Those of us outside of the Northeast are likely to miss one important institutional reality in the Episcopal Church: as a historically prominent denomination, we have a huge inventory of glorious (and endowed) church buildings in urban areas. For example, in Philadelphia there are at least six Episcopal Churches within walking distance of City Hall. Since the race riots of the 1960s and the tremendous decline of the quality of life in urban areas in the last three decades, nearly all families who could afford to leave urban areas for suburban enclaves have done so. The city cores of places like Philadelphia contain a vast population of poor and near-poor, with inner-city enclaves of single professionals (and some elderly folks who have hung on from the old glory days) in gentrified neighborhoods. The typical constituency of a prosperous Episcopal parish—upper-middle-class families—are largely absent. Young single professionals typically move to the suburbs after they marry and have children. How can the urban parishes with their Tiffany windows and silver chalices be anything more than ecclesiastical museums?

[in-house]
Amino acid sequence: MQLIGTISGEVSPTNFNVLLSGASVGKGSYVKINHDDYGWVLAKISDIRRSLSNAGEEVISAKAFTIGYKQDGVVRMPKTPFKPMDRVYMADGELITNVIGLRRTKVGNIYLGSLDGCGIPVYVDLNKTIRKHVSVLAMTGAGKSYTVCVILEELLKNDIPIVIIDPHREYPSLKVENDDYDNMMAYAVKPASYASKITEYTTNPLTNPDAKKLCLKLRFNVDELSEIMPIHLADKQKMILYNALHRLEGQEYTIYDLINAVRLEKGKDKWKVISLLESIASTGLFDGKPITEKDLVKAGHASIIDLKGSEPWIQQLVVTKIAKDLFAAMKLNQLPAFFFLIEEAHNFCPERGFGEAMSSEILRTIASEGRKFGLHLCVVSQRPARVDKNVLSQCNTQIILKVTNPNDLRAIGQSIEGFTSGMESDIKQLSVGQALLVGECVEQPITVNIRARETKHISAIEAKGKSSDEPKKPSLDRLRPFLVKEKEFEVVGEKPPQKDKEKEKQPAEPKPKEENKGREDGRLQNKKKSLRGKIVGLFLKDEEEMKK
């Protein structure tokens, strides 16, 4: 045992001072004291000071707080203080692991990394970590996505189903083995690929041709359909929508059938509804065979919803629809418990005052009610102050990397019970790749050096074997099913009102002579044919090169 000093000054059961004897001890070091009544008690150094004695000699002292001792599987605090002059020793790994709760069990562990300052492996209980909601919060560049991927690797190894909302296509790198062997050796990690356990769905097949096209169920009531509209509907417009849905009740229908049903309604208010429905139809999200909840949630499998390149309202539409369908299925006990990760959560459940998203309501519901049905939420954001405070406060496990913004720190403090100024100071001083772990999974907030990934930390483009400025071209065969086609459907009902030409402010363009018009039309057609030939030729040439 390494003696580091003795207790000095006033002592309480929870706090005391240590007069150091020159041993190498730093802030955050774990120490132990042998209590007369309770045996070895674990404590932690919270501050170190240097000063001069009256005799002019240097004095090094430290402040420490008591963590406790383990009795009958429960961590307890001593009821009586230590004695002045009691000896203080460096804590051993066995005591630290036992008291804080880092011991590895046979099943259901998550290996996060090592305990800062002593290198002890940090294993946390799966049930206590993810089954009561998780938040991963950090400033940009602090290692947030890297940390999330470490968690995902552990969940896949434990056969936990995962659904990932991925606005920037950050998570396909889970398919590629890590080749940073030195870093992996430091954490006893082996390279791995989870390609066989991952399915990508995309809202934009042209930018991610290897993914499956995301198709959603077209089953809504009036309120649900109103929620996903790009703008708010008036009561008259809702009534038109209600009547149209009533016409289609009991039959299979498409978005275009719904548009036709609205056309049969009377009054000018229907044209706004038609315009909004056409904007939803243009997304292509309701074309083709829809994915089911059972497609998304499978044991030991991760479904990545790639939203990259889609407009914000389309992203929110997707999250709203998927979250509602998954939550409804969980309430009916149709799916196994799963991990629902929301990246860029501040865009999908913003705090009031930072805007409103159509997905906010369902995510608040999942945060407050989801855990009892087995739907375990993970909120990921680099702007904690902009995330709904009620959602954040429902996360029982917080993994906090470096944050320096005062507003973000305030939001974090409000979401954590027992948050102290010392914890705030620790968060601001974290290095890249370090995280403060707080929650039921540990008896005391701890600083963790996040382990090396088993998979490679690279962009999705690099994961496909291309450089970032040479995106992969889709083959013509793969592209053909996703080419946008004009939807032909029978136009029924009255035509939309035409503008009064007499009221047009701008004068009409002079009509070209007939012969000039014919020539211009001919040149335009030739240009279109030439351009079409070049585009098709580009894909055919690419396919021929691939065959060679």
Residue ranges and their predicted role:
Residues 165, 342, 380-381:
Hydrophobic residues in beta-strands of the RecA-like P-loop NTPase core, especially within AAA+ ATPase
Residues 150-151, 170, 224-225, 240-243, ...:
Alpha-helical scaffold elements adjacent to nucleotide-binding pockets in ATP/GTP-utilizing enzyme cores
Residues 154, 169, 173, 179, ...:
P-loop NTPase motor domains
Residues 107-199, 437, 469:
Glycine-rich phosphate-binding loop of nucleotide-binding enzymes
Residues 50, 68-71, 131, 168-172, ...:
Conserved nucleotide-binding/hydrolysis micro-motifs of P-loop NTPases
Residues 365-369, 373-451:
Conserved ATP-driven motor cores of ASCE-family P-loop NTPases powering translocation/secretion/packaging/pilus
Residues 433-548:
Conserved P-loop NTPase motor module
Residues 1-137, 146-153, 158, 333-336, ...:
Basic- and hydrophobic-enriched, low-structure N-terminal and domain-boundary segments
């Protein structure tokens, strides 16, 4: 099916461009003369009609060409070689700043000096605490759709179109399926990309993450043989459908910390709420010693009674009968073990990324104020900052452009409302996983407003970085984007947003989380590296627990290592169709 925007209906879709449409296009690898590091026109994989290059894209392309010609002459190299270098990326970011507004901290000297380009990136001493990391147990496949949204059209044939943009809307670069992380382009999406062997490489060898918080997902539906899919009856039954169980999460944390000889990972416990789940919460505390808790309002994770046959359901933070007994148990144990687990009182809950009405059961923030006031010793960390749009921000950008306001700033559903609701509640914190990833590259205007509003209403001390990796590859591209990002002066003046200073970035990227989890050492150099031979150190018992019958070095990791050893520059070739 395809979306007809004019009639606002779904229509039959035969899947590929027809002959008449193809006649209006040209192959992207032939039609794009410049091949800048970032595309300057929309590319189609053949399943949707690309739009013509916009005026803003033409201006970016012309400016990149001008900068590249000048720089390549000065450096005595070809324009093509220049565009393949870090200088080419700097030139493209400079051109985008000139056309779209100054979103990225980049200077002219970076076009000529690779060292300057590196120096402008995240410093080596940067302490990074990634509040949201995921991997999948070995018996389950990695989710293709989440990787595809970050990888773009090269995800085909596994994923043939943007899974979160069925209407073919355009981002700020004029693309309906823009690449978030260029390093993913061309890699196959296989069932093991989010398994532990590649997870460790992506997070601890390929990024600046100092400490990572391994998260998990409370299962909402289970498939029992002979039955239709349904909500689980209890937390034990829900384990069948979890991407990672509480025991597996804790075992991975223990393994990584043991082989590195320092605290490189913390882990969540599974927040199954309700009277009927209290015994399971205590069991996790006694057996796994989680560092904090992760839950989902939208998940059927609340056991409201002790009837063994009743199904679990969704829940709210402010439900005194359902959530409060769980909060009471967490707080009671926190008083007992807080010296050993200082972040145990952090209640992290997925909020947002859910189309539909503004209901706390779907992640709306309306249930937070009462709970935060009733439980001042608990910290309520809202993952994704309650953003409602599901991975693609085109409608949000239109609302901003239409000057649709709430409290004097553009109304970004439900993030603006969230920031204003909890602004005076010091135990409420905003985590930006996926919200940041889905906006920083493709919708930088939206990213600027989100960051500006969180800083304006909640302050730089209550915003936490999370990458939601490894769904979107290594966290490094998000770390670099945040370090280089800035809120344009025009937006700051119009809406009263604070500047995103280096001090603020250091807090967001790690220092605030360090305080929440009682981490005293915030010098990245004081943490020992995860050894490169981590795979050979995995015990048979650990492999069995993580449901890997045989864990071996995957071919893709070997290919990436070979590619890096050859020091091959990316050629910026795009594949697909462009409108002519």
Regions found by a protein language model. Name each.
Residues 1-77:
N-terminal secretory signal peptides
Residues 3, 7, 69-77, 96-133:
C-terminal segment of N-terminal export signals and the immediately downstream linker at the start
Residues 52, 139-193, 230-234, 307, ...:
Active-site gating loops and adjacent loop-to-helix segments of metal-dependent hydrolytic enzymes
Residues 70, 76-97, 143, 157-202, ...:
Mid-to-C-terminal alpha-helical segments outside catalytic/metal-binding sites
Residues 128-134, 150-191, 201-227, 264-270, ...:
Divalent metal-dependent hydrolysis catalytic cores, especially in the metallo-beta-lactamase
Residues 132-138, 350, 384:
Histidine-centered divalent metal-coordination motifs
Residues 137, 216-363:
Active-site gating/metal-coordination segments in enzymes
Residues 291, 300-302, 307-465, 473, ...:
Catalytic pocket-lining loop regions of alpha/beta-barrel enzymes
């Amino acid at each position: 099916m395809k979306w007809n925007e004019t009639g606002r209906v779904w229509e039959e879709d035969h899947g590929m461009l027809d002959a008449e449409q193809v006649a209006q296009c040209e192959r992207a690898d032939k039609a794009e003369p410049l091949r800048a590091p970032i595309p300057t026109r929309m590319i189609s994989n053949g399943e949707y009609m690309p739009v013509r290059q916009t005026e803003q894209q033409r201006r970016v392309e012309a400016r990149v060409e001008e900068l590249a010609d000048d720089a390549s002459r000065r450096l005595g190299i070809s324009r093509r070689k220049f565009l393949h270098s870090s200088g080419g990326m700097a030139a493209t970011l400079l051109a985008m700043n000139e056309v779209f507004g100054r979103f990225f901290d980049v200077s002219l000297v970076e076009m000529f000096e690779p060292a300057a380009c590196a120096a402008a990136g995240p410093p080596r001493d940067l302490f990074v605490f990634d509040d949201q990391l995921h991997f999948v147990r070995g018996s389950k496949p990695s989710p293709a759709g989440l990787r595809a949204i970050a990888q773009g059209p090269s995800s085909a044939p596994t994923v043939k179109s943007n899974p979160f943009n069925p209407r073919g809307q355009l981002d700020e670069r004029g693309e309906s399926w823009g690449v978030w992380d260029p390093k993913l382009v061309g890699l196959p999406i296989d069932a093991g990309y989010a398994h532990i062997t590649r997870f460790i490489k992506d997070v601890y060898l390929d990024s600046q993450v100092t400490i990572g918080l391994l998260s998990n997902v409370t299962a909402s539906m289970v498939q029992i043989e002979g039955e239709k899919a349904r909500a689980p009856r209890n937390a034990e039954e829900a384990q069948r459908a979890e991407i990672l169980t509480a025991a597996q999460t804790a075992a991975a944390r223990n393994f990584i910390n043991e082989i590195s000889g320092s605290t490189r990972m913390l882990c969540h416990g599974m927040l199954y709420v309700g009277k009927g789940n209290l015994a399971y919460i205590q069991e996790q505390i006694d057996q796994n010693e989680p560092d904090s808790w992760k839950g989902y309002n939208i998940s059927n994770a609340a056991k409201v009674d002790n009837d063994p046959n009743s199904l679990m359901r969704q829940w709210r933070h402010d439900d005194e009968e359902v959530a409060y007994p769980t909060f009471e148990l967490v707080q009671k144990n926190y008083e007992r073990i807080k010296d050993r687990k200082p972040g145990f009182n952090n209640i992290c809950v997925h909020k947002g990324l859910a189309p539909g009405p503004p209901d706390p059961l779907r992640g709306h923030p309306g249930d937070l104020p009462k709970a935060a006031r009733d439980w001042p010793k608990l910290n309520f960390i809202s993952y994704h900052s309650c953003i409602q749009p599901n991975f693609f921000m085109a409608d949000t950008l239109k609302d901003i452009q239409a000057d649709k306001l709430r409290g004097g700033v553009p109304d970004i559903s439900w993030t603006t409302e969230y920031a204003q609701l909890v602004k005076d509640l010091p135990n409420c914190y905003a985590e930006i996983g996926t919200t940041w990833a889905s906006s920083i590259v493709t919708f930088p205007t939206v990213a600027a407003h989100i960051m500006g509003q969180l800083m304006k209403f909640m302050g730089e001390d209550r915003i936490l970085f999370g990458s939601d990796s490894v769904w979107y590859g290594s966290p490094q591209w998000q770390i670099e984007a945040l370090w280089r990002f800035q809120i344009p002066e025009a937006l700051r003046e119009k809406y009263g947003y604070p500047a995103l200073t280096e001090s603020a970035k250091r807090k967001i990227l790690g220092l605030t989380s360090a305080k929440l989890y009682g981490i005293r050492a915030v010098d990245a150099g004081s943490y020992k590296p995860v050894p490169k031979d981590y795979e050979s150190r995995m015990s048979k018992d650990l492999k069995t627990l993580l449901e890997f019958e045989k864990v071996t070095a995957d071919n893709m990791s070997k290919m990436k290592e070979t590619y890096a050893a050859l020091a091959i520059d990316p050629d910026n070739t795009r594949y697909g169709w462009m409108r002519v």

Of course, a downtown church could try to draw its members from the far larger population of poor or near-poor urban residents, but we have ample historical evidence that our church fails in that regard. So, if you are a pastor who wants to breathe life into a nearly empty endowed parish, then you must recruit from the long-term downtown constituency or find a way to draw committed folks in from the suburbs. A great deal of fashionable liberalism is designed to give a parish a “special mission” that will motivate suburban residents to travel into the city.